The Noise protocol framework (on which WireGuard is based) is now looking into doing PQ authentication, so that will be interesting. But until we actually have a clue which PQ primitives to use and have spent some time working out PQ handshakes, I think it's best to keep this all separate and ad-hoc, making it possible with the simple PSK feature.
The PQ algorithms are only adding anything in scenarios where real adversaries can run quantum algorithms to break public key crypto. In those scenarios you don't have worthwhile authentication in WireGuard itself because your adversary broke that with their quantum computer.
The claim of "forward secrecy" seems particularly dubious when resorting to PSKs. Forward secrecy relies upon keys being ephemeral. The PSKs a TLS 1.3 web server remembers for minutes or hours automatically to support fast session resumption maybe count; some semi-detached manual PQ key agreement procedure sounds like it'll get done once and then left in place, no forward secrecy there.
I don't know that WireGuard's author will agree, but you at least have a coherent argument that makes sense. Replacing 25519 with NTRU because you're terrified of a bogeyman (in the form of Quantum Computers able to run an algorithm that solves the appropriate hard problem) doesn't make sense.
Wireguard could have used P521 and AES-GCM with similar security, but it would be slower and equally vulnerable.
Agreed. I like the way home assistant does it with a secrets.yml and you refer to your secrets by !secret <name of secret>
`down` only writes the state of the interface if you put SaveConfig = true in your configuration file. If so... you asked for it.
> I'd like to see an easier way of doing the exclusions, inverse CIDRs are not my forte
WireGuard uses the standard Linux routing infrastructure. wg-quick uses the powerful Linux policy routing functions along with the suppress_prefixlength policy routing rule in order to use your main routing table for exclusions. Therefore, the command to exclude an IP is simply "ip route add 10.0.1.0/24 via 10.0.0.1 dev eth0". Obviously you should replace the example subnets and interface, and this is not permanent. The beauty of wg-quick is that you don't need to add this rule every time you bring up your VPN, but can instead add it as a temporarily redundant static route.
Nope, it's not in my config file. I didn't even know the option existed until you mentioned it, again, nothing on the Quick Start about it.
> WireGuard uses the standard Linux routing infrastructure...
I meant more in terms of the Android app, not really a WG issue, but it has a check box to add exclusions to the allowed ip list, by basically adding ranges inverse to what you'd input if you were saying "exclude these".
What's the inverse of 192.168.0.0/16? I have no idea without looking it up.
The Android app now has a little checkbox to toggle a common set complement operation ("Exclude private IPs"). If you want to do something wild and include or exclude very particular ranges, then you can compute that yourself and put it in there, since ostensibly you have a very particular networking idea in mind.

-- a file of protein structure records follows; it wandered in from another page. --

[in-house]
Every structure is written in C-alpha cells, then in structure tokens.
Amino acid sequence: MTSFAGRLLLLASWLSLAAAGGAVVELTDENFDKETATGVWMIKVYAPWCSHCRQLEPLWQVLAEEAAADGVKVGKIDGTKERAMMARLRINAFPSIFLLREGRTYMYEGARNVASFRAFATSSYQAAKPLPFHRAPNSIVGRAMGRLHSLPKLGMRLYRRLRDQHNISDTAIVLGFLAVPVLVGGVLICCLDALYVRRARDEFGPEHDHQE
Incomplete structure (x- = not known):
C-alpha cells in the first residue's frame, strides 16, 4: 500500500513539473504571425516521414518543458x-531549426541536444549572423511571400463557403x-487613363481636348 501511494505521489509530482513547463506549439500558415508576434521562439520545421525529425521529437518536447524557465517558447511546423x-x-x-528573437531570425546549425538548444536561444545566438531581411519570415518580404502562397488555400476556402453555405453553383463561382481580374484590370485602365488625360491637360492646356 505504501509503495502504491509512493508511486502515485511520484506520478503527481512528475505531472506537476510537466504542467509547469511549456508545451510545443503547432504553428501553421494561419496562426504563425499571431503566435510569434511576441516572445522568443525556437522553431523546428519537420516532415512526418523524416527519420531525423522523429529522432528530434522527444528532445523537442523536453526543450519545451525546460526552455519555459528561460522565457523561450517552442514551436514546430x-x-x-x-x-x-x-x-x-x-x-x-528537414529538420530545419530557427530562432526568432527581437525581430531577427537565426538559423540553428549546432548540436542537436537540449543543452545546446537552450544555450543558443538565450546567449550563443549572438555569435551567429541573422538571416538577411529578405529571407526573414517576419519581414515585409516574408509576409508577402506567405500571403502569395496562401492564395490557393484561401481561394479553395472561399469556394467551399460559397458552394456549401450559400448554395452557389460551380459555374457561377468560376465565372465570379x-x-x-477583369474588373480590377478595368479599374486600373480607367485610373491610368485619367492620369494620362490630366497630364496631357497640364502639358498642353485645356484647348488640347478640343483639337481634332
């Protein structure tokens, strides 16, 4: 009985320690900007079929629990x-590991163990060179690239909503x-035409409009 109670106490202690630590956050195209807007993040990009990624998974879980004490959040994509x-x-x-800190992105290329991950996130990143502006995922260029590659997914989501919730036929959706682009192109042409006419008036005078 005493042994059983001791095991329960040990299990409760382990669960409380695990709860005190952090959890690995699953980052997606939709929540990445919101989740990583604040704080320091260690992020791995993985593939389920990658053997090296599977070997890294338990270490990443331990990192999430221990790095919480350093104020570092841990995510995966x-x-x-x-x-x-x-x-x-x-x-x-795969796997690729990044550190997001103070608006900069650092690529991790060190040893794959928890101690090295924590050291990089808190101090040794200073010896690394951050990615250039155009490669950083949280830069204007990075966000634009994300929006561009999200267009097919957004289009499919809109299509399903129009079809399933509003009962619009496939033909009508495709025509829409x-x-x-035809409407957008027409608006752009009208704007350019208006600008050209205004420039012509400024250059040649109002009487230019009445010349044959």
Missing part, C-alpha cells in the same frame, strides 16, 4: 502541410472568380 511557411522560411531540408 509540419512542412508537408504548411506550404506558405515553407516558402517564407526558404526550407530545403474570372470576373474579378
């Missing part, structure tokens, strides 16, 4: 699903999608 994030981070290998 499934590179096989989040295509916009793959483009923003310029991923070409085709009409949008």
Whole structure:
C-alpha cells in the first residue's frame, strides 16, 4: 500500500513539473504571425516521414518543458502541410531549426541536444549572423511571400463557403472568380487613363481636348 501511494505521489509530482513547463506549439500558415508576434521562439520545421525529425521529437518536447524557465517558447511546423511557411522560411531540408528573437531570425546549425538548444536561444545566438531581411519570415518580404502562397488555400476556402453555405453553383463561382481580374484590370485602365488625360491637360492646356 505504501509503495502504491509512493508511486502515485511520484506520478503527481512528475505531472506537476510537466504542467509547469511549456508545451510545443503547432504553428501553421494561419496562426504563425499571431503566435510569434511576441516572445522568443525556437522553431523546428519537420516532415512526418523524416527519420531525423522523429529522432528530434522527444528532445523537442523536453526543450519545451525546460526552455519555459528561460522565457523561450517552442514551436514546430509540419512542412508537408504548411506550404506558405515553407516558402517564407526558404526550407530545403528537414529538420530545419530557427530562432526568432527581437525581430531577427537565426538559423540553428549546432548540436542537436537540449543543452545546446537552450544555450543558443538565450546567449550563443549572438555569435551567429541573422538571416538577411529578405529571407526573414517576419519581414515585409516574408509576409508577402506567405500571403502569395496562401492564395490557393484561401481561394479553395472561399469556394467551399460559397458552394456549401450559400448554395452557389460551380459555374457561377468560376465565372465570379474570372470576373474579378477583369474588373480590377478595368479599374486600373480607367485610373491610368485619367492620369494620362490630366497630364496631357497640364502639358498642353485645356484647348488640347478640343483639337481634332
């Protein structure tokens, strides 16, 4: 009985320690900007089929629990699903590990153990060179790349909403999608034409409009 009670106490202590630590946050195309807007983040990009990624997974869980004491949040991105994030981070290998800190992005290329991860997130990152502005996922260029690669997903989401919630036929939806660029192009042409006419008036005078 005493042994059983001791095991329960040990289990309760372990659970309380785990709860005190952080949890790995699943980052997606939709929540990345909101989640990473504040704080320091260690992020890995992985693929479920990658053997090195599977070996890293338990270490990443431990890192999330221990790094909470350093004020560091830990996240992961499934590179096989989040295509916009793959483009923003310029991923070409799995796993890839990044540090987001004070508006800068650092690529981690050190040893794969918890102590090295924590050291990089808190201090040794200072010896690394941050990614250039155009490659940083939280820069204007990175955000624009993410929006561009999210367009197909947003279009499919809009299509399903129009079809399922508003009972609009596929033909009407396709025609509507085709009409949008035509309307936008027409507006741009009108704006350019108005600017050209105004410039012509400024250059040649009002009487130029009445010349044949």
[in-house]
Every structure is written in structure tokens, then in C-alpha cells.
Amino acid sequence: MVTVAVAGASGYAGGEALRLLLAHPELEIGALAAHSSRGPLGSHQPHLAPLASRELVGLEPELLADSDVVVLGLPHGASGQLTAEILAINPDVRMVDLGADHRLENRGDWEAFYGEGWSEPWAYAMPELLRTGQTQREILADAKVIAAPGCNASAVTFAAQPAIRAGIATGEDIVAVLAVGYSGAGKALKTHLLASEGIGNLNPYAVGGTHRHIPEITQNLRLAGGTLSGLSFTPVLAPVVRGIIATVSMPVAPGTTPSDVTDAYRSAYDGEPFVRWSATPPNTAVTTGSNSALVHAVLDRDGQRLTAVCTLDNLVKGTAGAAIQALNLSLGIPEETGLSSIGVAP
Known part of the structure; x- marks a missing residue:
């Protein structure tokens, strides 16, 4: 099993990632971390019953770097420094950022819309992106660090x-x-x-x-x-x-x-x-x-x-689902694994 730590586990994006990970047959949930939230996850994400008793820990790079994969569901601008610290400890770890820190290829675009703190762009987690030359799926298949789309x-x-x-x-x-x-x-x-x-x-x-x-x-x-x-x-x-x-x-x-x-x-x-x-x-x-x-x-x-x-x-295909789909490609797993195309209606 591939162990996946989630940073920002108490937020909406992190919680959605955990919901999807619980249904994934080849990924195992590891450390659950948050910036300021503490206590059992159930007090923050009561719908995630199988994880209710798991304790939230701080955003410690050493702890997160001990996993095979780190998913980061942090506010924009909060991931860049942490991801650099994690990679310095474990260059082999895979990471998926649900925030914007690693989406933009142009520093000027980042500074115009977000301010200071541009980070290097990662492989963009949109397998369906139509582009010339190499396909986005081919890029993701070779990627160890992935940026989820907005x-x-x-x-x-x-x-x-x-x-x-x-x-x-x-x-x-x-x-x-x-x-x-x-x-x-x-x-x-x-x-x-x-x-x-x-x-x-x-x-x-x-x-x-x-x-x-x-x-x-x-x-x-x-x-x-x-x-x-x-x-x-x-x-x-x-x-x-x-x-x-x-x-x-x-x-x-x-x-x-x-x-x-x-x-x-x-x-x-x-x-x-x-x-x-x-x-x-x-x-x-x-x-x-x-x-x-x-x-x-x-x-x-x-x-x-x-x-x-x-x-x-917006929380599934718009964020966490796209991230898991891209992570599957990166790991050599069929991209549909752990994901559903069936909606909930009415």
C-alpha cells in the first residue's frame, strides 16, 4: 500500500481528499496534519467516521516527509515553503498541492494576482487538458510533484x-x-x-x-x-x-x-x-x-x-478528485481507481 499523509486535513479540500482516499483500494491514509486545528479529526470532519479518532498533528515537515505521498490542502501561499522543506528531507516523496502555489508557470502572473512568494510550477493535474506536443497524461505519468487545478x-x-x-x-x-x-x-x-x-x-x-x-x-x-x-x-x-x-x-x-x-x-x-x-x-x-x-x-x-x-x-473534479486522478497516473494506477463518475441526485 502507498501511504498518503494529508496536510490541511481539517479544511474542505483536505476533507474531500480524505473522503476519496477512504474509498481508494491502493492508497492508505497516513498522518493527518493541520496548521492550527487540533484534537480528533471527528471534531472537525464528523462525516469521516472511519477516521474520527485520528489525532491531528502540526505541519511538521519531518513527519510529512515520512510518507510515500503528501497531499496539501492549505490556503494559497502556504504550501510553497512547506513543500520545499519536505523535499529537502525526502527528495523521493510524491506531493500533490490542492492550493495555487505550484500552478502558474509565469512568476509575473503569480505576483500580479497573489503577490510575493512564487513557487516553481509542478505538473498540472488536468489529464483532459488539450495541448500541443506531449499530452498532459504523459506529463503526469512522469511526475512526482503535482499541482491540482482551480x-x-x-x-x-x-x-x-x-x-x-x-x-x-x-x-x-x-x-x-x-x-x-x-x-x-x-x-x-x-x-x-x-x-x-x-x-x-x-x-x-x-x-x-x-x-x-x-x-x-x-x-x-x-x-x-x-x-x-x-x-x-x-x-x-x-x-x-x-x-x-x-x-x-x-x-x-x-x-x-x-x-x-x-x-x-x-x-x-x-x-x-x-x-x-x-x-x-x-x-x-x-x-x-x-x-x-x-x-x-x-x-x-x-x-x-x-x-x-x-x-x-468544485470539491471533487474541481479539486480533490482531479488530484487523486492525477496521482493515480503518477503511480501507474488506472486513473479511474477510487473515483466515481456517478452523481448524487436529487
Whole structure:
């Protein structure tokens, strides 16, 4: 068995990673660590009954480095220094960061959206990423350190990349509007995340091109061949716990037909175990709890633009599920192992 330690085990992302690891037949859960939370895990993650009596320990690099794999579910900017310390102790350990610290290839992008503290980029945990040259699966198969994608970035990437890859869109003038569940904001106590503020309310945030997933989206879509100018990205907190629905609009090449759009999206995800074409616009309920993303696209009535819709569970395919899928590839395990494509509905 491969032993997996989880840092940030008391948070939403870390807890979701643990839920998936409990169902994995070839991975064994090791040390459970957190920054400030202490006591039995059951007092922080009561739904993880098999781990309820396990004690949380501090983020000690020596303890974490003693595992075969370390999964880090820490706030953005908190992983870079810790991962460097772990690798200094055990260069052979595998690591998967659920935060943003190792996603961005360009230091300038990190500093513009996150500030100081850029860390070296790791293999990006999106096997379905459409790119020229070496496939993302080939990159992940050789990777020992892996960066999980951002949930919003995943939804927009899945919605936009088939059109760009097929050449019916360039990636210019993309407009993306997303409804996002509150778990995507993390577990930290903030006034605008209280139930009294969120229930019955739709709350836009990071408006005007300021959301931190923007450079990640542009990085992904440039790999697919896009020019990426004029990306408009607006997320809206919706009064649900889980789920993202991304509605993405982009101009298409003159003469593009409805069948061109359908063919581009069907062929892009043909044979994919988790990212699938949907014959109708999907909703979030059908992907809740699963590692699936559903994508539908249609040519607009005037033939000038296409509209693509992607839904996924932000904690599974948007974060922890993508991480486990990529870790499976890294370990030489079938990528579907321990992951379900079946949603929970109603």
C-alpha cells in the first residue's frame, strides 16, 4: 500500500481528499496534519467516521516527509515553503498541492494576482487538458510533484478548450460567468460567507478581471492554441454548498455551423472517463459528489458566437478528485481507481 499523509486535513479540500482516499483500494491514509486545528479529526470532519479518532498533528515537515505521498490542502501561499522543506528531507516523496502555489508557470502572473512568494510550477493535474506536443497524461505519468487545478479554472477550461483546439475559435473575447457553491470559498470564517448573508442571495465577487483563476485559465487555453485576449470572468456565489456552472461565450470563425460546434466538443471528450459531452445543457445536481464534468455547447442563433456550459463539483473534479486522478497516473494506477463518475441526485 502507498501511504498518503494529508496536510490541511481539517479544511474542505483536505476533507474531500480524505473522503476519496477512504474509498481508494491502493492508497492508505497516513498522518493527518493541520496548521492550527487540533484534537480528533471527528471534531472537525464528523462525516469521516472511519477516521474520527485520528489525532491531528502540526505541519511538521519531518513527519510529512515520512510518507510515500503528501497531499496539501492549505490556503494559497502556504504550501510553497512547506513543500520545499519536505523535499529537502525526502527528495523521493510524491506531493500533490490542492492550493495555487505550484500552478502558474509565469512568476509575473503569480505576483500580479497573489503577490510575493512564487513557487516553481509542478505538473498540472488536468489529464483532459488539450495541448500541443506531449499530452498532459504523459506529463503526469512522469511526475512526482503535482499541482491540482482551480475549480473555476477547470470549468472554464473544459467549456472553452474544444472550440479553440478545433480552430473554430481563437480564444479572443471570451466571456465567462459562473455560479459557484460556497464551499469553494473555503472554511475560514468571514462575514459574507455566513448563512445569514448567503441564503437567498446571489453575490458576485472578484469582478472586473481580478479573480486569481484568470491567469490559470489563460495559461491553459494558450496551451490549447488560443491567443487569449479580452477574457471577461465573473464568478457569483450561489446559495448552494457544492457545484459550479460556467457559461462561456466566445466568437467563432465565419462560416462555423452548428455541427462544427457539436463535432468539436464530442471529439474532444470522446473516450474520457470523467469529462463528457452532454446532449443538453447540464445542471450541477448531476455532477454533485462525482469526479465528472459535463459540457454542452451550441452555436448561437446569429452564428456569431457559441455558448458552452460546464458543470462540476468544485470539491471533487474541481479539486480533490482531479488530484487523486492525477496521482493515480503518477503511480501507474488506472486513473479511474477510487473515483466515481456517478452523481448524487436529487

No. Only if you've explicitly chosen to add "SaveConfig = true" to the config file, which by default is not there.
`man wg` works just fine as does `man wg-quick`
https://www.wireguard.com/quickstart/ also shows you how to make a config file
How is this connection can be used? Which IPs should be used to establish a useful connection? How can a user see their LAN resources through it? How can a user route his web browsing through this connection (here we at least have wg-quick)? And so on.
This information is lacking, and WG documentation is not the sole offender.
Also, from a network design perspective, the difference between a tunnel, GRE interface or VPN is nonexistant. They all accomplish the same objective with different technical methods.
From an API point of view, "Fast and secure" sounds pretty good. It maybe infantalizes the Software Engineer, which we're not really ready for yet‡, but we get more ready all the time, so I'll let that go. It's certainly better than "No real security unless you're an expert" which was historically what such APIs tend to offer.
On the implementation side "fast and secure" is just a wish, not a fact. Individual elements, picked for being "fast and secure" may turn out not to be as fast as we'd like on tomorrow's hardware, or they may not turn to be as "secure" as we'd have liked. IPsec's Chinese Menu approach lets the software engineer pick something else, but WG's approach doesn't permit this. So, the entire protocol must perhaps be re-designed.
‡ Twenty years ago, we had no good "This just works" answers for a great many things software engineers expect from cryptography. Today we have good answers for many of them, e.g. AEAD modes for block ciphers do roughly what a non-expert software engineer foolishly thought the encryption did anyway. But for others we're still in the dark. Padding for example. For privacy we should pad lengths to hide the true nature of the data being transferred. But... how much should we pad? Today our answer is that hopefully the software engineer using the API knows. In almost all cases they do not.